It really hasn't been that bad quality wise either. Already at 3 majors, so we'll probably end up around 4-5.

Would be nice if those majors wouldn't plow into land though

I respectfully disagree. One would have expected higher ACE during peak season, given -ENSO/-PDO/+IOD/-VE.
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Re: 2021 Indicators: SST's / SAL / MSLP / Shear / Steering / Instability / Sat Images

#3409 Postby AlphaToOmega » Sat Sep 18, 2021 6:22 am

Shell Mound wrote:
Weather Dude wrote:
Teban54 wrote:https://twitter.com/philklotzbach/status/1438963130957107203?s=20
Regardless of how you judge the intensity of storms this season, it has really been quite impressive quantity wise.

It really hasn't been that bad quality wise either. Already at 3 majors, so we'll probably end up around 4-5.

Would be nice if those majors wouldn't plow into land though

I respectfully disagree. One would have expected higher ACE during peak season, given -ENSO/-PDO/+IOD/-VE.


ACE is a laughably terrible metric. The only reason the ACE has not been much higher than average is because this season has not been heavily MDR-based.
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Re: 2021 Indicators: SST's / SAL / MSLP / Shear / Steering / Instability / Sat Images

#3410 Postby Category5Kaiju » Sat Sep 18, 2021 6:50 am

Just as a reminder, now that we are entering the second half of September and into October and November, let me show you how we could still plausibly get decently high ACE storms despite the MDR shutting down for business soon. Especially given -ENSO/-PMM/-PDO, and a classic +AMO Atlantic profile.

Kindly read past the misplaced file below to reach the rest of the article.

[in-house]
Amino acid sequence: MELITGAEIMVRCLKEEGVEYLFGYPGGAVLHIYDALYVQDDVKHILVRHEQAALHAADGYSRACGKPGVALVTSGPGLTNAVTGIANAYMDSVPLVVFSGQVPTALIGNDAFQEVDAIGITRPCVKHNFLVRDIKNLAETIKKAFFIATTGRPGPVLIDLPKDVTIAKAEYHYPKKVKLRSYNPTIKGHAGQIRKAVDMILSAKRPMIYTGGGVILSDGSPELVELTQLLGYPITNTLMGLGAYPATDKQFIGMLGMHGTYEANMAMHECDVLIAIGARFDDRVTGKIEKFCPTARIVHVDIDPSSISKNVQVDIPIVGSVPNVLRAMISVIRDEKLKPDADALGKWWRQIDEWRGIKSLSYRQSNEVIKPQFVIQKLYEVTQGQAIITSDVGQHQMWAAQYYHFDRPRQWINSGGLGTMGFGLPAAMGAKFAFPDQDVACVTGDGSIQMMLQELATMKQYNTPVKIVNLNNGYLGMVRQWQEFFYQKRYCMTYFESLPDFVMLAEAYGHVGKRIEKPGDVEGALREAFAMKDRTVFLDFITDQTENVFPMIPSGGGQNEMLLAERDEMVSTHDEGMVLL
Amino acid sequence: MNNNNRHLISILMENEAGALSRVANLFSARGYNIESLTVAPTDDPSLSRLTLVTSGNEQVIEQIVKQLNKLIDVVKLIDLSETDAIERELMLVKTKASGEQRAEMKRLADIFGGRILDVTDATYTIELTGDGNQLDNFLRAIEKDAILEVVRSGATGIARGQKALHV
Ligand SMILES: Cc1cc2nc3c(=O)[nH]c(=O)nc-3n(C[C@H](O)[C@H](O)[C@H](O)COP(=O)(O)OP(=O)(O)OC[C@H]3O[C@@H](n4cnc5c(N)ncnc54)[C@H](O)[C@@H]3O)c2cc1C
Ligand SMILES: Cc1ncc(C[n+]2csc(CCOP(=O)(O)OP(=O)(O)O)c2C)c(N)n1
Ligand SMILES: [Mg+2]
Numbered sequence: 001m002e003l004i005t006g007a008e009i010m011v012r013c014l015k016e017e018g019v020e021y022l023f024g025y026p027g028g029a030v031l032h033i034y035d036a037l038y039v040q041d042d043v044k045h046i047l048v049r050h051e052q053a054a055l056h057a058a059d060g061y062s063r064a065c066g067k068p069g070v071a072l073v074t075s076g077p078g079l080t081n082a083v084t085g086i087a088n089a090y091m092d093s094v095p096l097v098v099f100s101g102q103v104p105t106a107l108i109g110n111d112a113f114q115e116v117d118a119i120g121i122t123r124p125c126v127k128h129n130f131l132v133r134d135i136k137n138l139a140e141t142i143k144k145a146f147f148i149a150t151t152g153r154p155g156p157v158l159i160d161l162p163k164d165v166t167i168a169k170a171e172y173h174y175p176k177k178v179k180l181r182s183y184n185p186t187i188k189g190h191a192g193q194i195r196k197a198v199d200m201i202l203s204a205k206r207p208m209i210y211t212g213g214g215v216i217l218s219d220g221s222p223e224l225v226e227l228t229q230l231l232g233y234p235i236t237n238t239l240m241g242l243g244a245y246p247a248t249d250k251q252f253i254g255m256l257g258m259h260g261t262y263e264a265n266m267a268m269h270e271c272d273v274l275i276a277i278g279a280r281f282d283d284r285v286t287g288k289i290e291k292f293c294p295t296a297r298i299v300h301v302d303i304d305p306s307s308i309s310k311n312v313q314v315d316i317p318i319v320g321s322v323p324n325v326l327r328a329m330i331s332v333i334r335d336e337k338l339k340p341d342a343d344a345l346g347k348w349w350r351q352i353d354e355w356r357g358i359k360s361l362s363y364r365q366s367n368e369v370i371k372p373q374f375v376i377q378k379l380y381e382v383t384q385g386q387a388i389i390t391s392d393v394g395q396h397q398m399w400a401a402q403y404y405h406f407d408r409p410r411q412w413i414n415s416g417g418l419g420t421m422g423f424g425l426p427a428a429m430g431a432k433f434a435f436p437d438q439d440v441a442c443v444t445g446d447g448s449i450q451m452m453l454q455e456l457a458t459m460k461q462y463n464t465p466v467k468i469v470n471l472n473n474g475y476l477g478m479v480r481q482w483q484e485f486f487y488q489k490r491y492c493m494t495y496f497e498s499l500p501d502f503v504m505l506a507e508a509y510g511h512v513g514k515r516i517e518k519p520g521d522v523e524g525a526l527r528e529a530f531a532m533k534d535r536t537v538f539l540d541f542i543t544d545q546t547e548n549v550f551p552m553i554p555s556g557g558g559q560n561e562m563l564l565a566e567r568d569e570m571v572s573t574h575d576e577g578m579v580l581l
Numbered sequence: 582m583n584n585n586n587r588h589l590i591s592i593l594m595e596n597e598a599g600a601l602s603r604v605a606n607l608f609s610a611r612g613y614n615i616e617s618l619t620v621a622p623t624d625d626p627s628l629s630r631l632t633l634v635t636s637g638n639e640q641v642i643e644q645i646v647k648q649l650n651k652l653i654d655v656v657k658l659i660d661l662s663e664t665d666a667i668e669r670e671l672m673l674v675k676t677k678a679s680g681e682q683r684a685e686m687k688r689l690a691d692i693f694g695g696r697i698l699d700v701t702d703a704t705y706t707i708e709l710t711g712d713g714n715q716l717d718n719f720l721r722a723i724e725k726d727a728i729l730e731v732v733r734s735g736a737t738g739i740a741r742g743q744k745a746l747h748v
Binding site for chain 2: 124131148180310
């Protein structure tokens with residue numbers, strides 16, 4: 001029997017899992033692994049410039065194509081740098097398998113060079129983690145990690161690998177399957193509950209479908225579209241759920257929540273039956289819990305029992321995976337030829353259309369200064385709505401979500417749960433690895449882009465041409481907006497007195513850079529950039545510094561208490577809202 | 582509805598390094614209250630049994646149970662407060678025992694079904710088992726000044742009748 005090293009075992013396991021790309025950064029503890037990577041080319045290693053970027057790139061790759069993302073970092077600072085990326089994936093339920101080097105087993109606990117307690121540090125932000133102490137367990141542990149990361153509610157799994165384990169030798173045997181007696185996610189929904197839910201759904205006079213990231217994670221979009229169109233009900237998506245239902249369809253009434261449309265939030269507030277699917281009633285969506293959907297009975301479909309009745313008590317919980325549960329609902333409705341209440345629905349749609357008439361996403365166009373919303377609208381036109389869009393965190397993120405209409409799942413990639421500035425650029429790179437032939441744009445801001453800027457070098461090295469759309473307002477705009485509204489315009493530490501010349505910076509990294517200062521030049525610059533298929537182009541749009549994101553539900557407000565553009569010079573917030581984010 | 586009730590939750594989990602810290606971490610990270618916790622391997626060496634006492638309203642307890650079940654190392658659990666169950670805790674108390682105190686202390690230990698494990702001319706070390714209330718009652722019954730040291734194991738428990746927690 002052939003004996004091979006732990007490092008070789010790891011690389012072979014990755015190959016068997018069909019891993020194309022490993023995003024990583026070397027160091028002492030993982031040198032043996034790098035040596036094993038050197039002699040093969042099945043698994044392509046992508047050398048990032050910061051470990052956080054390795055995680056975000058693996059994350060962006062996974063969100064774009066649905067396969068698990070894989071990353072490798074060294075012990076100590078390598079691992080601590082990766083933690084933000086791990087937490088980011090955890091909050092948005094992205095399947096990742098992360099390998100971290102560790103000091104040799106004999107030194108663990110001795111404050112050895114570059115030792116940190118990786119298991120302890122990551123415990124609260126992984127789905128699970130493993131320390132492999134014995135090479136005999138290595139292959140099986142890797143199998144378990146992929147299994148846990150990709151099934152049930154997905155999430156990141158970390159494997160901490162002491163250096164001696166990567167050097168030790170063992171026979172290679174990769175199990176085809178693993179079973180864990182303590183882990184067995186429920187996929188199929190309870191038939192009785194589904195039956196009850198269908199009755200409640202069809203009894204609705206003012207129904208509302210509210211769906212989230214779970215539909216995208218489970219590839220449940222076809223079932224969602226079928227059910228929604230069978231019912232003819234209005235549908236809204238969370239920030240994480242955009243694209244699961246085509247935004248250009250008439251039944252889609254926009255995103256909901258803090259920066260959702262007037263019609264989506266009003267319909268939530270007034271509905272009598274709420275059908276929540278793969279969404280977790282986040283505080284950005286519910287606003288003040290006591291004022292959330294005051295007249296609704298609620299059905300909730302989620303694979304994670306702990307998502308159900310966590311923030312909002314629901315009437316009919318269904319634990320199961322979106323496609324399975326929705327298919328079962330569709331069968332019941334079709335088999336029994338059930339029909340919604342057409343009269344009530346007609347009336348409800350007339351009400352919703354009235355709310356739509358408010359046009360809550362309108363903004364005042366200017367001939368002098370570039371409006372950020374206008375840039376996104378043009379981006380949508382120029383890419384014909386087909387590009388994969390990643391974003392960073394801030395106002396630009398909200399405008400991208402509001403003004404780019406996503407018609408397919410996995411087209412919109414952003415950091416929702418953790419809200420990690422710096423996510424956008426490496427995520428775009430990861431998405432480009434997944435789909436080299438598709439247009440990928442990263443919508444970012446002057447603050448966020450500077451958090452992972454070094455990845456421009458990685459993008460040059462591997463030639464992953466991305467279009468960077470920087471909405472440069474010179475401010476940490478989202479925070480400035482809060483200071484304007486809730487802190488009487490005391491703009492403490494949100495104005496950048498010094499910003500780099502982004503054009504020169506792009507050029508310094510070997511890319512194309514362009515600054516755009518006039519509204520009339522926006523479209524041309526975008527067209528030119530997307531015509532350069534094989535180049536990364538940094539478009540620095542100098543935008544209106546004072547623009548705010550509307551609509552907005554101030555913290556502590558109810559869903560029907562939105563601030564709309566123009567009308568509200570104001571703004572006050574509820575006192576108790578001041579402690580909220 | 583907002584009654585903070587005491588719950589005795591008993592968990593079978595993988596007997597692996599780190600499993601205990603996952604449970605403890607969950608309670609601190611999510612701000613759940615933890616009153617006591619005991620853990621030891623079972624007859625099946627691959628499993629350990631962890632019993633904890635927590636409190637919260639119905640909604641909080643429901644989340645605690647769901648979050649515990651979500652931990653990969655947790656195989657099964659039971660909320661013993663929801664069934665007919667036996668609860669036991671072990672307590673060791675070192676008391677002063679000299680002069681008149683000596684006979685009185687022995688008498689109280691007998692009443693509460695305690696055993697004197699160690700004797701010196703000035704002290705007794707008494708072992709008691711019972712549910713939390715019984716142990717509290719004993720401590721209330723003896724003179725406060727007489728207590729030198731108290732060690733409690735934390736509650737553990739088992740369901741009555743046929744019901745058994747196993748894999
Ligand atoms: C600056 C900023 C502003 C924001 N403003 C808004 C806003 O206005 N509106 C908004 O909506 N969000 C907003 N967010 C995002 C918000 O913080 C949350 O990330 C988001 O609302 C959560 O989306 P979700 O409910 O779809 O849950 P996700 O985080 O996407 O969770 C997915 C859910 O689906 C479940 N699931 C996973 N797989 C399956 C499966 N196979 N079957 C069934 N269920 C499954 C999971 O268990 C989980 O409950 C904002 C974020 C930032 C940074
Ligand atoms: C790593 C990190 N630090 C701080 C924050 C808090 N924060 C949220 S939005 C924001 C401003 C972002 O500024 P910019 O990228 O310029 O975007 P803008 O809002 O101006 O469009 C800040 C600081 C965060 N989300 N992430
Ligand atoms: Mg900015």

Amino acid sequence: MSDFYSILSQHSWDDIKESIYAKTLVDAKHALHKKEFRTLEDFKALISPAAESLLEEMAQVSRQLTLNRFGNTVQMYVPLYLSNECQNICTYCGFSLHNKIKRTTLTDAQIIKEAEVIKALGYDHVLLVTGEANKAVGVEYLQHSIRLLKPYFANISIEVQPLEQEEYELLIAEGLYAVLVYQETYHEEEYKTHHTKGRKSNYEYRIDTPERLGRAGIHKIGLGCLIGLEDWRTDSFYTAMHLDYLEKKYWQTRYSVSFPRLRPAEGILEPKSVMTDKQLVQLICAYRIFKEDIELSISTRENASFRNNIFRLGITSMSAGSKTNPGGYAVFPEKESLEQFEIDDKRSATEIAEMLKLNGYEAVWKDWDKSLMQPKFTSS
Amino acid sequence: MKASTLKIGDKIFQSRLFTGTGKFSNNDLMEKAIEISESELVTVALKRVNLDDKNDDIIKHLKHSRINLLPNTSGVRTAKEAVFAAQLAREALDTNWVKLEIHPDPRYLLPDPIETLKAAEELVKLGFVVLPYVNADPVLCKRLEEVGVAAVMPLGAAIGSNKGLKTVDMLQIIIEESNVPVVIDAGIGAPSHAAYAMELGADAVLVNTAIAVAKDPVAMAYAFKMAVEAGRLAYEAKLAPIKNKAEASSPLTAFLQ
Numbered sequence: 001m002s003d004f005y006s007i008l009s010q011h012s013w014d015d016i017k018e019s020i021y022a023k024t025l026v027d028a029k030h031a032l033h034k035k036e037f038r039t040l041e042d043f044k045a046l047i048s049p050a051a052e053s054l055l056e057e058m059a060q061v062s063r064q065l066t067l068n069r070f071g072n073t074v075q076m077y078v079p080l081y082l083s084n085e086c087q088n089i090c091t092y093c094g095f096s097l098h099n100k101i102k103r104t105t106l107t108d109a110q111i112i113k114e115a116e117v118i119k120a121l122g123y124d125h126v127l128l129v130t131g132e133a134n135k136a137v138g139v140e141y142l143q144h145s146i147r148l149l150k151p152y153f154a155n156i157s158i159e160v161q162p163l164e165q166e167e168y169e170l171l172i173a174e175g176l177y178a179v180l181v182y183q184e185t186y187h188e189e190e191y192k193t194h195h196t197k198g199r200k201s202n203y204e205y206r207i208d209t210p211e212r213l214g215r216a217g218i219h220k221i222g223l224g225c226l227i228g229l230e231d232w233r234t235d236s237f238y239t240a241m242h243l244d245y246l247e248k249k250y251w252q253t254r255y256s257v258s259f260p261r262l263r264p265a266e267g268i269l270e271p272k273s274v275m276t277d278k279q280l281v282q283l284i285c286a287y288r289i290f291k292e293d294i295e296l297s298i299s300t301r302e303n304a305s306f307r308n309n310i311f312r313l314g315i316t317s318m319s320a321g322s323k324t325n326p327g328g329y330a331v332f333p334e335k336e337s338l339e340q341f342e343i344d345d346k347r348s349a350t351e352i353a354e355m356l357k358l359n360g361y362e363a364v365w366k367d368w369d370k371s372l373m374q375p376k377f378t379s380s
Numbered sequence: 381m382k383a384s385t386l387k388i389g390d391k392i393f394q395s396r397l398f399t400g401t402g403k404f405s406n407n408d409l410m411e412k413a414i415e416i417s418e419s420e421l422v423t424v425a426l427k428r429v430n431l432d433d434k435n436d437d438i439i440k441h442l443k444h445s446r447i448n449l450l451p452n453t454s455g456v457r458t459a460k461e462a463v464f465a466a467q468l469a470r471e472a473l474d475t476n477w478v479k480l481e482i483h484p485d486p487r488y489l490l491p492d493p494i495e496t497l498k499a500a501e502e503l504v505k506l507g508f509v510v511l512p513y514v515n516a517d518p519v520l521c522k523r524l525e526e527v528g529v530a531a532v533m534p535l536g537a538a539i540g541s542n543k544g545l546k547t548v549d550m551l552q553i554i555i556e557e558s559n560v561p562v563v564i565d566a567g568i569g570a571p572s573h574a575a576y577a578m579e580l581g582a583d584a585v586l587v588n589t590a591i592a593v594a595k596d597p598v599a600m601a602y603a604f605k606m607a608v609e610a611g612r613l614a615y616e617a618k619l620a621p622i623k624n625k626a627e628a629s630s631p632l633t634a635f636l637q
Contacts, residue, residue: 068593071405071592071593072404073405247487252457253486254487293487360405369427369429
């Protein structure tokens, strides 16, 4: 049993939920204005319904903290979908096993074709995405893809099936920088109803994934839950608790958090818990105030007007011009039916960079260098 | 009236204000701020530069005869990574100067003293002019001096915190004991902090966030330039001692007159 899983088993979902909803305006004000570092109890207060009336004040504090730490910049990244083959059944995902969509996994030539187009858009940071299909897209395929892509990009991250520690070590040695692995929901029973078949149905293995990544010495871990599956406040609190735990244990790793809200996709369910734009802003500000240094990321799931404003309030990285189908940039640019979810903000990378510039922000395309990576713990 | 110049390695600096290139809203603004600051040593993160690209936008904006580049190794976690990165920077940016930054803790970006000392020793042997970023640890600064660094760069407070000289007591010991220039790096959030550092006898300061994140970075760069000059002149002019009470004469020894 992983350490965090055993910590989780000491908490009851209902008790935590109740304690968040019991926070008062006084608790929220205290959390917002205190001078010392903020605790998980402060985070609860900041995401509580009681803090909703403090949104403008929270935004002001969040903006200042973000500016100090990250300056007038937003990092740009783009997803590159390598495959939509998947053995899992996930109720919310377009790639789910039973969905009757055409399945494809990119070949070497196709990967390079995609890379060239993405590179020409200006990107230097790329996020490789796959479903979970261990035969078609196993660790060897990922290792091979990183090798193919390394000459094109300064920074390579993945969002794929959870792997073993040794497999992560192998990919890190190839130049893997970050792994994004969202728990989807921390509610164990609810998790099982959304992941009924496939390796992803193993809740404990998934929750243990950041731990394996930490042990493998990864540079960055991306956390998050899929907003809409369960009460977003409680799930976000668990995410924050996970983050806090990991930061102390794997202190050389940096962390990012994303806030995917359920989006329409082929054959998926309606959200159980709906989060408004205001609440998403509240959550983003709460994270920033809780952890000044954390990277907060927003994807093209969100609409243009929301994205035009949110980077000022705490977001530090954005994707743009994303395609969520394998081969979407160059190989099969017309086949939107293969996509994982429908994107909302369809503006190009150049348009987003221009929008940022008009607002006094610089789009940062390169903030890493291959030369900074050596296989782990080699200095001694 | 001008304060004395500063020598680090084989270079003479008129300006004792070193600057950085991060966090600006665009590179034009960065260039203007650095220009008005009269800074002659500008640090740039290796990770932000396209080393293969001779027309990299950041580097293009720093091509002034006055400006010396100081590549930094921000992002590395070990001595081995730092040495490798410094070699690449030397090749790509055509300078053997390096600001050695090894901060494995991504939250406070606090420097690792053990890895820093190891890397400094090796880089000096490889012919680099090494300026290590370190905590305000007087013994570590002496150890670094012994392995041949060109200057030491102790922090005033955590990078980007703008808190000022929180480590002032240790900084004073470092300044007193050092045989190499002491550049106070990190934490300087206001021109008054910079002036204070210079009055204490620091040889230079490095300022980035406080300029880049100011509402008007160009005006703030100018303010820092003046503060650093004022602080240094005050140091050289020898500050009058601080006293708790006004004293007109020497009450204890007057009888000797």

Late September / 1915 New Orleans hurricane
Image

Late October and Early November / 1932 Cuba hurricane
Image

Early October / Hurricane Hazel
Image

Late September / Hurricane Inez
Image

Late October / Hurricane Mitch
Image

Late September and Early October / Hurricane Matthew
Image
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Re: 2021 Indicators: SST's / SAL / MSLP / Shear / Steering / Instability / Sat Images

#3411 Postby tolakram » Sat Sep 18, 2021 7:04 am

AlphaToOmega wrote:
Shell Mound wrote:
Weather Dude wrote:It really hasn't been that bad quality wise either. Already at 3 majors, so we'll probably end up around 4-5.

Would be nice if those majors wouldn't plow into land though

I respectfully disagree. One would have expected higher ACE during peak season, given -ENSO/-PDO/+IOD/-VE.


ACE is a laughably terrible metric. The only reason the ACE has not been much higher than average is because this season has not been heavily MDR-based.


You keep saying ACE is a laughable metric which is just flat out wrong. It may not be the best metric, and we have both identified situations where ACE is deceiving, but in the case of this month ACE does tell the story very well. The quality of any single metric can be situational, and ACE works very well with Larry.

Image

We're still above average and I agree we should have expected more WHATEVERYOUWANTTOCALLIT during peak season. IF we get a flurry of activity post traditional peak that pushes this season into hyperactivity range then we can revisit this and say, with more confidence, that September might not matter that much. We'll have to wait and see.